Equanimity is sometimes described as the foundation for the other three limitless ones; cultivating the ease of equanimity can bring out the full-heartedness of love, the tenderness of compassion, and the radiance of joy. With equanimity, we take an open and unbiased attitude toward life. A kind of equality of mentality. Chogyam Trungpa called this attitude of equanimity the art of non-aggression, starting to see where we put up barriers between us and reality. It’s stopping and seeing what’s happening instead of what we think should happen based on our hopes and fears, past experiences, and projections. It’s not complacency or passivity but learning to see what’s going on, notice our responses, and move from there. This experience often comes to us vividly when it seems like time stops, for example, in birth and death situations. This same attitude can permeate our lives. In meditation, we become oh so familiar with the places our minds tend to go and have the opportunity to gently recognize these places and come back to being open and available to the present moment again and again.
Part 2: Equanimity is riding the waves of our experience
Sounds easier said than done, yes? Continually there are the traps of reactions like “Oh no, not this again!” toward ourselves, others, and situations and a sequence of falling into a rabbit hole of anger, passion, and compulsions, or ignoring and Netflix, whatever your particular poison is, or a combination. For example, I took jazz singing lessons for a while and had a habit of stopping in the middle of a song and yelling at myself, full of self-doubt and critique. At a certain point, my teacher took a stuffed lion that belonged to his daughter off a shelf and said, “Sandra, this is your inner critic; it will always be here. When this comes up in your mind, you can look to the lion and say, “Hi critic, I know you’re here, but I’m going to keep singing.” In other words, there’s more going on than these habitual reactions; we can begin to recognize and make friends with them, and this way, they can loosen their grip, and we have more choices. There can be multiple layers of feeling to recognize, honor, and relate to. At a certain point, “Oh no, not this again!” can be helpful.
In Buddhism, it is said that our enemies are our teachers. When you look back over your life, you might see that your various foils have played a pivotal role in helping you to make essential changes in your life. We can all see how we get hooked on patterns of behavior, caught on the roller coaster of normal reactions, of likes and dislikes, and that we have continual opportunities to learn and change. Spring forward, fall back. I’ve been here before; I know this ground, this reaction, this fear, this pattern. I can keep sensing and moving forward.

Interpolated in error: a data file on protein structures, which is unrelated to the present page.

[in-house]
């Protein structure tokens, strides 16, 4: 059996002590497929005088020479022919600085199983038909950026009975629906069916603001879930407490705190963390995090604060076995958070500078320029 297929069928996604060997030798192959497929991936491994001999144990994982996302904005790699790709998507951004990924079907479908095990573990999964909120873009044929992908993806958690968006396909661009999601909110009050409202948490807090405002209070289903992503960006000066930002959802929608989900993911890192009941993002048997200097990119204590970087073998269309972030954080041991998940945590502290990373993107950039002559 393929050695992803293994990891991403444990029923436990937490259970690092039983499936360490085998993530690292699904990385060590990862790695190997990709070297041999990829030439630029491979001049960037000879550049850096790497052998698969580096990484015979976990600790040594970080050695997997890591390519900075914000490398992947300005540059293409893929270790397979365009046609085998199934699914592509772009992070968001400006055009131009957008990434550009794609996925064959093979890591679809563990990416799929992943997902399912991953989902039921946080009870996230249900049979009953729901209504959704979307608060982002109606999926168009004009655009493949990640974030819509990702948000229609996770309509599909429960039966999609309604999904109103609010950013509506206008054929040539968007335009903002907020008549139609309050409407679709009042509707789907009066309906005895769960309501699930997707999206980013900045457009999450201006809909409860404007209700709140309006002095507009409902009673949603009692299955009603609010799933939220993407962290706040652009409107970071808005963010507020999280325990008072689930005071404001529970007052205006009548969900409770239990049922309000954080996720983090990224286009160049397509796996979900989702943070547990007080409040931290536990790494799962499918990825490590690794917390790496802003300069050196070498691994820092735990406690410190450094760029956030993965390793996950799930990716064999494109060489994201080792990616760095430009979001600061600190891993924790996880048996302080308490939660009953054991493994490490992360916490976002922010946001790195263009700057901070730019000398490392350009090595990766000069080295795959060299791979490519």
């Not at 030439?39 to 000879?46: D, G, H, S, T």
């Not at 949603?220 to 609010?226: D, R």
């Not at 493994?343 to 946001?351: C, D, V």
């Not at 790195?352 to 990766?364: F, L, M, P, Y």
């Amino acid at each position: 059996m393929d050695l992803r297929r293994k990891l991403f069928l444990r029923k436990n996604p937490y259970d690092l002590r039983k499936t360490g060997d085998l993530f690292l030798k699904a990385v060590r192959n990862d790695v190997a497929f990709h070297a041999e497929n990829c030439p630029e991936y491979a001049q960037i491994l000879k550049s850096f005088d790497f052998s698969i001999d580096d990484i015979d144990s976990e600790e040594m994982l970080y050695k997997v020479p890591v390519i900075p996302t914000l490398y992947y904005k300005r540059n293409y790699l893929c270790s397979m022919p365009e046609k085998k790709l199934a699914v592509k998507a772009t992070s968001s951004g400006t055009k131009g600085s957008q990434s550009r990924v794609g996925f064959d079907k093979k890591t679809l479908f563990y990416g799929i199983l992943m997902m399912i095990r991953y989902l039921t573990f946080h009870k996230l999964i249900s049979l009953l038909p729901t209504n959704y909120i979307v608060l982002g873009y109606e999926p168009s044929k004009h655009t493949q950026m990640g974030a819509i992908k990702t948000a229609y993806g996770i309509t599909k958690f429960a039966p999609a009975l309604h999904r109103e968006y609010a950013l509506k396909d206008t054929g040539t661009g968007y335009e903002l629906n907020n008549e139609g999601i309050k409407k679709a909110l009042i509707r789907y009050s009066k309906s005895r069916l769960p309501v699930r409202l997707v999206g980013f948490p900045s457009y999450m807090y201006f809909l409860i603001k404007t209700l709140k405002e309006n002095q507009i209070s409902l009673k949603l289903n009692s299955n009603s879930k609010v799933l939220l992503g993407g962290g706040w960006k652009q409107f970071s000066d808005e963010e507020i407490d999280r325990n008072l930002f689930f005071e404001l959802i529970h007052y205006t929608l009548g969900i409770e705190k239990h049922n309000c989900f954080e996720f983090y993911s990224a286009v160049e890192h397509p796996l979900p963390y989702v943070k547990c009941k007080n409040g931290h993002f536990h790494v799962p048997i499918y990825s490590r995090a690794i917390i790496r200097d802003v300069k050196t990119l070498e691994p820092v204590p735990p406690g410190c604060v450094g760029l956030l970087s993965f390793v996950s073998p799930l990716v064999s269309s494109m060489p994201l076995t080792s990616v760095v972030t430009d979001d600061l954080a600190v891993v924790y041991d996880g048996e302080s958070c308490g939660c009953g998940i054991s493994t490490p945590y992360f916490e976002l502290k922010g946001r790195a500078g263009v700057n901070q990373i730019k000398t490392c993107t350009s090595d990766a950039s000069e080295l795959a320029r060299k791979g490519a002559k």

Part 3: Joyful equanimity is appreciating the spiral of our lives
I have the good fortune to live near redwood groves in Northern California. The giant sequoia can live to 2,000 years old, most between 500 to 1,000 years. Sometimes you’ll see a fallen tree with the tree’s rings exposed. Each ring around the heart of the tree represents another year of its life. I remember a forest ranger showing how you can see fires, droughts, rainy winters, and climate change in the tree’s rings, the variance from year to year, but yet the trees stood strong and stable through all of it.
We, too, can stand strong with equanimity, like the redwoods year after year, to come into balance with ourselves and whatever may be coming next. Not only that, but it is said that we can meet life with joyful equanimity and a sense of humor and celebration. It’s why comedy and tragedy are paired in the human experience. Even the harshest and most cruel situations of life, and pain such as we are experiencing now, the harsh falling back, can bring us together and help us spring forward into another go-round of another year.